• Jack Harrison, in reply to mark taslov,

    When a market goes so out of control, there will be corrective action the other way that is not particularly subtle. Death taxes from Mickey Savage stopped many aspiring family businesses in their tracks. It was done to correct a huge sore of an inbalance in five quick years.

    Housing drains our economy of too much of the wage that helps fuel capitalism. It’s a drain on our spending power and is non-productive. Asset owning is a core testament of Capitalism, the family plot being the cornerstone of the harmony factor.

    wellington • Since Aug 2014 • 296 posts Report Reply

  • mark taslov, in reply to Jack Harrison,

    Thanks Jack I certainly feel there’s so much more public discussion to be had around the specifics and models which New Zealand could adapt. Possibly not in this thread, perhaps Keith’s thread needs to live again.

    Te Ika-a-Māui • Since Mar 2008 • 2281 posts Report Reply

  • Brent Jackson, in reply to mark taslov,

    My wife had suddenly had to go up north for her Grandfather’s death, I had fuck all money, no business colleague, no other member of my household. So couldn’t vote.

    Justice of the Peace is on the list. There are a couple in every suburb, all listed in the phone book, all only too happy to help.

    Auckland • Since Nov 2006 • 615 posts Report Reply

  • mark taslov, in reply to Brent Jackson,

    Sorry Brent, I should have been clear, I live in Shenzhen China, on the furthest outskirts of a city I’m not familiar with, there are no phone books. If it had looked reasonably probable that I could have succeeded at little or no cost in that time frame I would have made the effort. I was gutted.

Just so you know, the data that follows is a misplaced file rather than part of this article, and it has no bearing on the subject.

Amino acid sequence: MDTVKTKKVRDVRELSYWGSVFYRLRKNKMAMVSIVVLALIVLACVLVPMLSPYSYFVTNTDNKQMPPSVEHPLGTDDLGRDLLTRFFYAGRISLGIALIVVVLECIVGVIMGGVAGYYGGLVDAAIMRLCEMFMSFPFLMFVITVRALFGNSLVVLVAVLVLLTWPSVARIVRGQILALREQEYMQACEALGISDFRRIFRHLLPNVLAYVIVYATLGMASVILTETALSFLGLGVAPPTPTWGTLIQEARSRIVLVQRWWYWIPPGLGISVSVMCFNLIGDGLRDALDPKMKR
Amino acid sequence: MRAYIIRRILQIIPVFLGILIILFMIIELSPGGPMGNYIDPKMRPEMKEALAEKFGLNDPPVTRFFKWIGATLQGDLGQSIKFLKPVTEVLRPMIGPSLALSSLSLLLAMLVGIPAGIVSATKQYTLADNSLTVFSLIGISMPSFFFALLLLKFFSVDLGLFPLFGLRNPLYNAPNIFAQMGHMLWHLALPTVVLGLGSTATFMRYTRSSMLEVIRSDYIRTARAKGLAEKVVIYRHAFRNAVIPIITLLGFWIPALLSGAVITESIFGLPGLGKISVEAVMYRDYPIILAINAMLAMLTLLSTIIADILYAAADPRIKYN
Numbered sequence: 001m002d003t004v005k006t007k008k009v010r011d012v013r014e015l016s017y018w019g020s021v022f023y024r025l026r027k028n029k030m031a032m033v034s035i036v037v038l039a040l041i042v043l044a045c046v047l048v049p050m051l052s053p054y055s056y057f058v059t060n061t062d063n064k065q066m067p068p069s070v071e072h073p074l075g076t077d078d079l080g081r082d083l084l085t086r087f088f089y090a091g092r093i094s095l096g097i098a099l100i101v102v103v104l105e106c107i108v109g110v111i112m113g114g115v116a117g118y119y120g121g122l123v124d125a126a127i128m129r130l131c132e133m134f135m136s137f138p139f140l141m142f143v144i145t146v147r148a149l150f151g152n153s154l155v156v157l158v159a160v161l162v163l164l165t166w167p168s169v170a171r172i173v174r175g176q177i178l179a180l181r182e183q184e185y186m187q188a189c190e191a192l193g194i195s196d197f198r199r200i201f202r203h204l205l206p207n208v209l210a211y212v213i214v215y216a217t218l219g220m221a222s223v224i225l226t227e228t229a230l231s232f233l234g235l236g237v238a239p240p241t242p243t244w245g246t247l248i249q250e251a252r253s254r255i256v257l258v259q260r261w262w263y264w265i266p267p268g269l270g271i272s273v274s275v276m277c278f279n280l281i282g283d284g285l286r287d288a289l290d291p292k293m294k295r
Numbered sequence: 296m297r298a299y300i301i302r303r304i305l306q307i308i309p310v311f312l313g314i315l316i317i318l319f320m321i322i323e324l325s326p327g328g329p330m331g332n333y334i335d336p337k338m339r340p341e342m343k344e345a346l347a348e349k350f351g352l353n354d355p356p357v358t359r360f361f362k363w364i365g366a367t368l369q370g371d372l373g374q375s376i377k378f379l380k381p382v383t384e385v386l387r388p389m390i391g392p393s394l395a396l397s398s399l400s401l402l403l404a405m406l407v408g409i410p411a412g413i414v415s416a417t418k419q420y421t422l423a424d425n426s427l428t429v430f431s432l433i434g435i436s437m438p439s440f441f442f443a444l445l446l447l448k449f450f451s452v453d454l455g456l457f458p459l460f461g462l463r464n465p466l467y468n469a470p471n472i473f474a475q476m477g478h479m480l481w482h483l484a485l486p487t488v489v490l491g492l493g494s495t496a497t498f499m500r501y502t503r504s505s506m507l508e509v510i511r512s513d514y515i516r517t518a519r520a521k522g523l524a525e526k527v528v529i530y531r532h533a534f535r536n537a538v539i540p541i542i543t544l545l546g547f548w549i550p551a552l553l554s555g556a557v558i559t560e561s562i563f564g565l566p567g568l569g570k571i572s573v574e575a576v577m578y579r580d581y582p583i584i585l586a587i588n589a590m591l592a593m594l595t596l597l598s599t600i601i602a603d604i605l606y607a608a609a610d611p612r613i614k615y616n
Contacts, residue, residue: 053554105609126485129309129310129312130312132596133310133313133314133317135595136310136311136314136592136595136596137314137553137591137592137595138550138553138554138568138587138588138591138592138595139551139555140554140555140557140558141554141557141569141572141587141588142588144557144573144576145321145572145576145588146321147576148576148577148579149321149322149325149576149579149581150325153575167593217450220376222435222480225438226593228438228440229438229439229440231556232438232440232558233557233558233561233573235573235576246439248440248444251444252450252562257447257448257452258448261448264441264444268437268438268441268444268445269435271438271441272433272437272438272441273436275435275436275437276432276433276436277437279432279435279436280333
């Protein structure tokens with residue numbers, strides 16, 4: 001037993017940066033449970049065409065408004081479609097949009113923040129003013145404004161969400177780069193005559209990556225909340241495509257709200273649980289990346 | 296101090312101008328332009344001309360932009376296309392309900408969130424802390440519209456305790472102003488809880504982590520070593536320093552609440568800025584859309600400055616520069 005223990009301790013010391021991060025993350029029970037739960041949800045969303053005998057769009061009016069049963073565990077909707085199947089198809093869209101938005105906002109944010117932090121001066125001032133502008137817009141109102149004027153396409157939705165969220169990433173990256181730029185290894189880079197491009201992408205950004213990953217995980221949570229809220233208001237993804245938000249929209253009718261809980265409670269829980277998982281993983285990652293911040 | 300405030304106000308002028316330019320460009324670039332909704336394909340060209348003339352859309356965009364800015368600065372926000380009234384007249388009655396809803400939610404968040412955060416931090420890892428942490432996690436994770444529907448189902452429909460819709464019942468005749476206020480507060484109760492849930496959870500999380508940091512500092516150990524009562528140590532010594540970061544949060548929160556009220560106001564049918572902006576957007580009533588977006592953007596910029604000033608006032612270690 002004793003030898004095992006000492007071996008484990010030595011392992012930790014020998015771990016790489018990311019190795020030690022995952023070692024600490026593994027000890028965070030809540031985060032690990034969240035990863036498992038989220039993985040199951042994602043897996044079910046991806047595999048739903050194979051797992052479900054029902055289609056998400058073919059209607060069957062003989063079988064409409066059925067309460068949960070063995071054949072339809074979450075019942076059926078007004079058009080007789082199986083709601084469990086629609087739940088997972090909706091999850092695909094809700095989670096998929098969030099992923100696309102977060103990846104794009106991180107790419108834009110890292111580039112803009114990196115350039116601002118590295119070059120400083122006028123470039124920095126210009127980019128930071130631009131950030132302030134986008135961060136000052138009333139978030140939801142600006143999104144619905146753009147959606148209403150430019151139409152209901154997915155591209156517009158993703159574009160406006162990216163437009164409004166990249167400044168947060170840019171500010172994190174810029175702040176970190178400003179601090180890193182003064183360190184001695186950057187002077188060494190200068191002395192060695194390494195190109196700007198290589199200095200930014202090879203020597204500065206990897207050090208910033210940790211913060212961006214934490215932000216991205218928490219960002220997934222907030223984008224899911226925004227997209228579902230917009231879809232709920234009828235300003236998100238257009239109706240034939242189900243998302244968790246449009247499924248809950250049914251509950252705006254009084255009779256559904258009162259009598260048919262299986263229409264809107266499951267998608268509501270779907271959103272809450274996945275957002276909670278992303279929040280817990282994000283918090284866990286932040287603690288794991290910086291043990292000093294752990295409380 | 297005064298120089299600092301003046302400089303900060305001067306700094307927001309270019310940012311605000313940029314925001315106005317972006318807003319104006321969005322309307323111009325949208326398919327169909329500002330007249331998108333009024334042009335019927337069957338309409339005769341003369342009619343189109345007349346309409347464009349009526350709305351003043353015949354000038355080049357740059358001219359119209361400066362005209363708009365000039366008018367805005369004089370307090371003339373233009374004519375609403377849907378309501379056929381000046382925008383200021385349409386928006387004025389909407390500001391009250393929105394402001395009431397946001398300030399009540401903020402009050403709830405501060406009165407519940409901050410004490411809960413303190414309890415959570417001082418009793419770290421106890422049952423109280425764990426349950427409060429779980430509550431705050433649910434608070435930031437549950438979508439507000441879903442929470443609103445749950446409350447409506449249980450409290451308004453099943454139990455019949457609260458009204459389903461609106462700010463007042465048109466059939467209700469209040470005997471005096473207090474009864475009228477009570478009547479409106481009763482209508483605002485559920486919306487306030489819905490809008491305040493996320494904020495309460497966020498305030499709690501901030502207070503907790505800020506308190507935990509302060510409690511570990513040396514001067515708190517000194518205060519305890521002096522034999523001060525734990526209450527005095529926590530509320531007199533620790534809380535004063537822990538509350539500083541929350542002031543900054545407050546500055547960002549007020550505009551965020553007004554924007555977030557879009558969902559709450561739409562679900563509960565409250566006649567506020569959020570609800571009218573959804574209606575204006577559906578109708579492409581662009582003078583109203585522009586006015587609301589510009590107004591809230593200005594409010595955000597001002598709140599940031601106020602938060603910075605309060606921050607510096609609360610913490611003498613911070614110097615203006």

Te Ika-a-Māui • Since Mar 2008 • 2281 posts Report Reply

  • Brent Jackson, in reply to mark taslov,

    Ah yes, that makes it much trickier. I guess

    Person authorised to administer an oath for the purpose of a judicial proceeding in the country in which the declaration is made.

    would be your only hope. In New Zealand, I think desk sergeants at Police Stations fit this description.

    Auckland • Since Nov 2006 • 615 posts Report Reply

  • mark taslov, in reply to Brent Jackson,

    desk sergeants at Police Stations fit this description.

    Yeah, in a western country it would have been a shoe in, here ‘desk sergent’ is not one but many different jobs, ‘police station’ may be part of a few different departments.
    Realistically, given a couple of weeks and a few misfires, a certified translation of the documents and perhaps calling in a favour, you might find the right person who could and would do that.

    Te Ika-a-Māui • Since Mar 2008 • 2281 posts Report Reply

  • mark taslov, in reply to Brent Jackson,

    Which does make me wonder a little about the process, in that I'd feel a lot more comfortable if it were my enrollment application being witnessed than who I'm voting for.

    Te Ika-a-Māui • Since Mar 2008 • 2281 posts Report Reply

  • mark taslov,

    Attachment

    Just received! You better start packing those bags J.P. (Japy?)

    Te Ika-a-Māui • Since Mar 2008 • 2281 posts Report Reply